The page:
Steerable catheter to navigate tortuous blood vessels in brain

07 September 2021


A team at University of California San Diego invented a way to make steerable catheters that can more precisely navigate the tortuous architecture of the brain vasculature. The device was bioinspired by delicate structures found in nature, including flagella and insect legs, and uses principles from soft robotics to create a hydraulic steering system, which is encased within a tiny silicone rubber catheter. The UCSD researchers hope that the technology could allow clinicians to treat areas of vasculature that are currently out of reach.

Intracranial aneurysms can pose a tricky problem to treat. In approximately 25% of cases, they can be inoperable because of their inaccessible location within the tortuous vasculature of the brain. “As a neurosurgeon, one of the challenges that we have is directing catheters to the delicate, deep recesses of the brain,” said Dr. Alexander Khalessi, a researcher involved in the study. “Today’s results demonstrate proof of concept for a soft, easily steerable catheter that would significantly improve our ability to treat brain aneurysms and many other neurological conditions, and I look forward to advancing this innovation toward patient care.”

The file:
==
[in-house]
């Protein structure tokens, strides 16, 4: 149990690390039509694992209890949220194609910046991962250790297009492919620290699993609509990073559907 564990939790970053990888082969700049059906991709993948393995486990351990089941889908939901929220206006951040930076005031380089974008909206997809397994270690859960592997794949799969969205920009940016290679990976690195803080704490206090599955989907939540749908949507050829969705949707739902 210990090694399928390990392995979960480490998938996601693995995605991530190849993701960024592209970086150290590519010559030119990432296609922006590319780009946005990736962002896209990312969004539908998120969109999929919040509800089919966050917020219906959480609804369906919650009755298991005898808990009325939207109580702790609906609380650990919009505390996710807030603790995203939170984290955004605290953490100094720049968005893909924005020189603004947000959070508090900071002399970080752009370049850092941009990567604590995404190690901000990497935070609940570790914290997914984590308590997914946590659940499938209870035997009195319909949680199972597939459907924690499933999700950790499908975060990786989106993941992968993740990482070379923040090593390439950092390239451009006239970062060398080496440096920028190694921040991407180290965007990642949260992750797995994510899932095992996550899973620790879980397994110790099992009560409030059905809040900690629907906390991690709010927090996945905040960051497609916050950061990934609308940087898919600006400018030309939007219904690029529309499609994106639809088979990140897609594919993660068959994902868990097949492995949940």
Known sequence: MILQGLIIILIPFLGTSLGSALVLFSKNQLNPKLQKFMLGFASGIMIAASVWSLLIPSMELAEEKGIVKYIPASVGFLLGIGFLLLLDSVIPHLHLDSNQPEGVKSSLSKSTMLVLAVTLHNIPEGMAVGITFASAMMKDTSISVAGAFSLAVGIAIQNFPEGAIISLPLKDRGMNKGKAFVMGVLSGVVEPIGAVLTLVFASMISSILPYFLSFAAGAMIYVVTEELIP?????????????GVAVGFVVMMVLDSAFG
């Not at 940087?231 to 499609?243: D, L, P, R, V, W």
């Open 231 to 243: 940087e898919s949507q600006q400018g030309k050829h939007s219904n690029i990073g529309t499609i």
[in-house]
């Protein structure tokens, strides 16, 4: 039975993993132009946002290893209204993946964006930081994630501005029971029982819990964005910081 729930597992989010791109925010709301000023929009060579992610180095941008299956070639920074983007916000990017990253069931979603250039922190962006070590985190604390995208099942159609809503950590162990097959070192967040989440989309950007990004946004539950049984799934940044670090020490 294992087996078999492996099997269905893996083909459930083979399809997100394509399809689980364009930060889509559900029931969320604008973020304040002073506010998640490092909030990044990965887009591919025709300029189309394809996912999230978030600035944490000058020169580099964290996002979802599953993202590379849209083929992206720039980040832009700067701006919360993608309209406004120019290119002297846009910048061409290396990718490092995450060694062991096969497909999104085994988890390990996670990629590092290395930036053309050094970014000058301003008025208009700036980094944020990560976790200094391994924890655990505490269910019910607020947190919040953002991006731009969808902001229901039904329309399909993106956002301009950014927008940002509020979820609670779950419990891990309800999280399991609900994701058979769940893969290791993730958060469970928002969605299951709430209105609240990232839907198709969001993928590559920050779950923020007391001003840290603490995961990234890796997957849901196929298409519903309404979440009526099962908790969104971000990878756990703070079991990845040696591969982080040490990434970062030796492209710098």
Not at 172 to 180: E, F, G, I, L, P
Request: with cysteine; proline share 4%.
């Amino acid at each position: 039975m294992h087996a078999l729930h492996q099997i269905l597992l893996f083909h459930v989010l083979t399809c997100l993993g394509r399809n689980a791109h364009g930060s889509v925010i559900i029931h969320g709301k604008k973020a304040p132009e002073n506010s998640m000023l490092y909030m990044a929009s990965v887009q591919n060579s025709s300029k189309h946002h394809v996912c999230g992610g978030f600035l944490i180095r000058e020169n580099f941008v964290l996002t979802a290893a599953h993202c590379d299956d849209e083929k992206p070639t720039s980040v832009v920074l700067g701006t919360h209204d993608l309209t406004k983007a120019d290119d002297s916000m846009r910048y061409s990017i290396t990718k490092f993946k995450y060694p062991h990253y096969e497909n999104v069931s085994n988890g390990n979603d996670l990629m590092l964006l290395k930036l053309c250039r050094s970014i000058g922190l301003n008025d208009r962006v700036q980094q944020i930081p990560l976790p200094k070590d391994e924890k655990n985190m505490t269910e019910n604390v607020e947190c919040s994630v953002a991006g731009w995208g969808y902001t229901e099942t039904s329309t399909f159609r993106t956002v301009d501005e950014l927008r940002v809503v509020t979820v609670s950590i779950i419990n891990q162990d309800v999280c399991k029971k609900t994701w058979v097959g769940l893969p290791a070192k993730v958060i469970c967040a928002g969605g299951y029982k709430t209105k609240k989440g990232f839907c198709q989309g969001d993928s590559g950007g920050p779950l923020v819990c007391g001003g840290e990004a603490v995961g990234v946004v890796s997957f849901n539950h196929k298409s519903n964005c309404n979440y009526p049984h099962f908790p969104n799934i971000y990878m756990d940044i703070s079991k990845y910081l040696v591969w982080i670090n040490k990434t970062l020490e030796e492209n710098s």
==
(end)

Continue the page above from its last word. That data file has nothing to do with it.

At present, clinicians use a curved tip guide wire to advance a catheter through the vasculature, all the way from the femoral artery to the cerebral artery where the aneurysm resides. However, this technology is not always optimal, even for aneurysms that are theoretically accessible. Unfortunately, when the guidewire is removed to allow treatment to begin, problems can arise. “Once the guidewire is retrieved the catheter will return to its native shape, often straight, resulting in loss of access to the pathology,” said Dr. Jessica Wen, another researcher involved in the study.

In a change of approach, this latest technology allows the surgeon to steer the tip through a handheld controller that is compressed to manipulate a hydraulic system within the device. The hydraulic fluid is simple saline, which is a safety measure that ensures any leakage is not harmful.

The catheter design is inspired by structures found in nature. “We were inspired by flagella and insect legs, as well as beetles mating, where microscale hydraulics and large aspect deformation are involved,” said Gopesh Tilvawala, another researcher involved in the study. “This led us to developing [a] hydraulically actuated soft robotic microcatheter.”

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